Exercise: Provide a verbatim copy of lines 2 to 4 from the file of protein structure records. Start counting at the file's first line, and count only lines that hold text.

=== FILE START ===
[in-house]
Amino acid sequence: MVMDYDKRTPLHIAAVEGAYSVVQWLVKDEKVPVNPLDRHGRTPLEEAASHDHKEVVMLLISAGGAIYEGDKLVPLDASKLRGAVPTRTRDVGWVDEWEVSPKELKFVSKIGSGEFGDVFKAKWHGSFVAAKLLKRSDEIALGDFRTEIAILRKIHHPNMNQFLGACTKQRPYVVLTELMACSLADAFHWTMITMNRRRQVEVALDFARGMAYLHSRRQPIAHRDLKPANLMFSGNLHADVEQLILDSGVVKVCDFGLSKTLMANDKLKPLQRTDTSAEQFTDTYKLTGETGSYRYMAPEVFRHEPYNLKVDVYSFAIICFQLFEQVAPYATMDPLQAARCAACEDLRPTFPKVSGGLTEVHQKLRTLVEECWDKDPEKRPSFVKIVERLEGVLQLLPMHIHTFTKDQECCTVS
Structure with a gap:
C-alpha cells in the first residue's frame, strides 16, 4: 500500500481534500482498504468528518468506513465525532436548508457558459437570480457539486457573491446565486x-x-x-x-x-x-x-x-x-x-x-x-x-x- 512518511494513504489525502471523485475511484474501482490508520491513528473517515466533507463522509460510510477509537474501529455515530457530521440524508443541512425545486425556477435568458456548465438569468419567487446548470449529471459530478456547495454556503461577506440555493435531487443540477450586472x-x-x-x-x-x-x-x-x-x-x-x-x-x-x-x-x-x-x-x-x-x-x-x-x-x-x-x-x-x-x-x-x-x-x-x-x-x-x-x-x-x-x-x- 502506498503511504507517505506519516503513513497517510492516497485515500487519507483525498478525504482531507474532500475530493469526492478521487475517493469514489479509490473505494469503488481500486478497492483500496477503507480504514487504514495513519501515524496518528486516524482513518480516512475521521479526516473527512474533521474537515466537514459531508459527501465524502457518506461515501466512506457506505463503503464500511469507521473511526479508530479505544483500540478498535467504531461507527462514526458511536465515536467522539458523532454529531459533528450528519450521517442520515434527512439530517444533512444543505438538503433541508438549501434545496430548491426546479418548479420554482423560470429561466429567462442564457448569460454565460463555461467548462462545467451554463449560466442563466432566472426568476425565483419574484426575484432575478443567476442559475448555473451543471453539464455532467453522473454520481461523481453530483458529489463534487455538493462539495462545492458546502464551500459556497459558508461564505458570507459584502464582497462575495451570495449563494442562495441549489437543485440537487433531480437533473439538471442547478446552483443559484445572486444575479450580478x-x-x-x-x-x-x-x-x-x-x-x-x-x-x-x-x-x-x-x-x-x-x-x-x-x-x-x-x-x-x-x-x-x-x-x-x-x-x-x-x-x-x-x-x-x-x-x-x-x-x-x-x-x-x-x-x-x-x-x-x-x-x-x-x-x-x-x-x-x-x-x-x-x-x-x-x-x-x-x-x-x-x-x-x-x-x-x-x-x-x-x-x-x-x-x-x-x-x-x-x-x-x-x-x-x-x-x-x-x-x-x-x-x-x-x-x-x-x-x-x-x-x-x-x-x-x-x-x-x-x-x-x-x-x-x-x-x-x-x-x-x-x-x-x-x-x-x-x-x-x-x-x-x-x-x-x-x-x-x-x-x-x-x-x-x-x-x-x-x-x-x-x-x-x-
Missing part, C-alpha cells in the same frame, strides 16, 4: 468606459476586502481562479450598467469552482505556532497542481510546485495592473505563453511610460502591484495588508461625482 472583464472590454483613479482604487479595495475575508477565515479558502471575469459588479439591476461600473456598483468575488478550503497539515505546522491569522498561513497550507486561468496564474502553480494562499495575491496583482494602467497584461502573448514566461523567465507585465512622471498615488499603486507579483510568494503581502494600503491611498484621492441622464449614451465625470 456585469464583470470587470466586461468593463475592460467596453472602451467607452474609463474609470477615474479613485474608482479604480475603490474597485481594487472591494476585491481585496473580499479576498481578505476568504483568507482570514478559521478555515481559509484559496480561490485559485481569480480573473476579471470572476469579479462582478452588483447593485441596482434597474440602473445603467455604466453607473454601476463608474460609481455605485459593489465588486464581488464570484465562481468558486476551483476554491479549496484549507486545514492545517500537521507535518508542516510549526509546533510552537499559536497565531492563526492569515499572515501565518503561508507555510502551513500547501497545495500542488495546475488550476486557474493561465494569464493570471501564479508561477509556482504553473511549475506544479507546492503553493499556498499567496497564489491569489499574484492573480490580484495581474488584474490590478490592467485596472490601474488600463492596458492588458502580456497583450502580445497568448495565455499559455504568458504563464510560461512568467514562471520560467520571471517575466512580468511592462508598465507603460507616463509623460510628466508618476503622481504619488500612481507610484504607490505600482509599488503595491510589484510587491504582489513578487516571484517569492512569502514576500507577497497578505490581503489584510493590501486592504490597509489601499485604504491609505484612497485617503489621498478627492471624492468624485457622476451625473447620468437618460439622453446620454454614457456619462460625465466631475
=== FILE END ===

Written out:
Amino acid sequence: MVMDYDKRTPLHIAAVEGAYSVVQWLVKDEKVPVNPLDRHGRTPLEEAASHDHKEVVMLLISAGGAIYEGDKLVPLDASKLRGAVPTRTRDVGWVDEWEVSPKELKFVSKIGSGEFGDVFKAKWHGSFVAAKLLKRSDEIALGDFRTEIAILRKIHHPNMNQFLGACTKQRPYVVLTELMACSLADAFHWTMITMNRRRQVEVALDFARGMAYLHSRRQPIAHRDLKPANLMFSGNLHADVEQLILDSGVVKVCDFGLSKTLMANDKLKPLQRTDTSAEQFTDTYKLTGETGSYRYMAPEVFRHEPYNLKVDVYSFAIICFQLFEQVAPYATMDPLQAARCAACEDLRPTFPKVSGGLTEVHQKLRTLVEECWDKDPEKRPSFVKIVERLEGVLQLLPMHIHTFTKDQECCTVS
Structure with a gap:
C-alpha cells in the first residue's frame, strides 16, 4: 500500500481534500482498504468528518468506513465525532436548508457558459437570480457539486457573491446565486x-x-x-x-x-x-x-x-x-x-x-x-x-x- 512518511494513504489525502471523485475511484474501482490508520491513528473517515466533507463522509460510510477509537474501529455515530457530521440524508443541512425545486425556477435568458456548465438569468419567487446548470449529471459530478456547495454556503461577506440555493435531487443540477450586472x-x-x-x-x-x-x-x-x-x-x-x-x-x-x-x-x-x-x-x-x-x-x-x-x-x-x-x-x-x-x-x-x-x-x-x-x-x-x-x-x-x-x-x- 502506498503511504507517505506519516503513513497517510492516497485515500487519507483525498478525504482531507474532500475530493469526492478521487475517493469514489479509490473505494469503488481500486478497492483500496477503507480504514487504514495513519501515524496518528486516524482513518480516512475521521479526516473527512474533521474537515466537514459531508459527501465524502457518506461515501466512506457506505463503503464500511469507521473511526479508530479505544483500540478498535467504531461507527462514526458511536465515536467522539458523532454529531459533528450528519450521517442520515434527512439530517444533512444543505438538503433541508438549501434545496430548491426546479418548479420554482423560470429561466429567462442564457448569460454565460463555461467548462462545467451554463449560466442563466432566472426568476425565483419574484426575484432575478443567476442559475448555473451543471453539464455532467453522473454520481461523481453530483458529489463534487455538493462539495462545492458546502464551500459556497459558508461564505458570507459584502464582497462575495451570495449563494442562495441549489437543485440537487433531480437533473439538471442547478446552483443559484445572486444575479450580478x-x-x-x-x-x-x-x-x-x-x-x-x-x-x-x-x-x-x-x-x-x-x-x-x-x-x-x-x-x-x-x-x-x-x-x-x-x-x-x-x-x-x-x-x-x-x-x-x-x-x-x-x-x-x-x-x-x-x-x-x-x-x-x-x-x-x-x-x-x-x-x-x-x-x-x-x-x-x-x-x-x-x-x-x-x-x-x-x-x-x-x-x-x-x-x-x-x-x-x-x-x-x-x-x-x-x-x-x-x-x-x-x-x-x-x-x-x-x-x-x-x-x-x-x-x-x-x-x-x-x-x-x-x-x-x-x-x-x-x-x-x-x-x-x-x-x-x-x-x-x-x-x-x-x-x-x-x-x-x-x-x-x-x-x-x-x-x-x-x-x-x-x-x-x-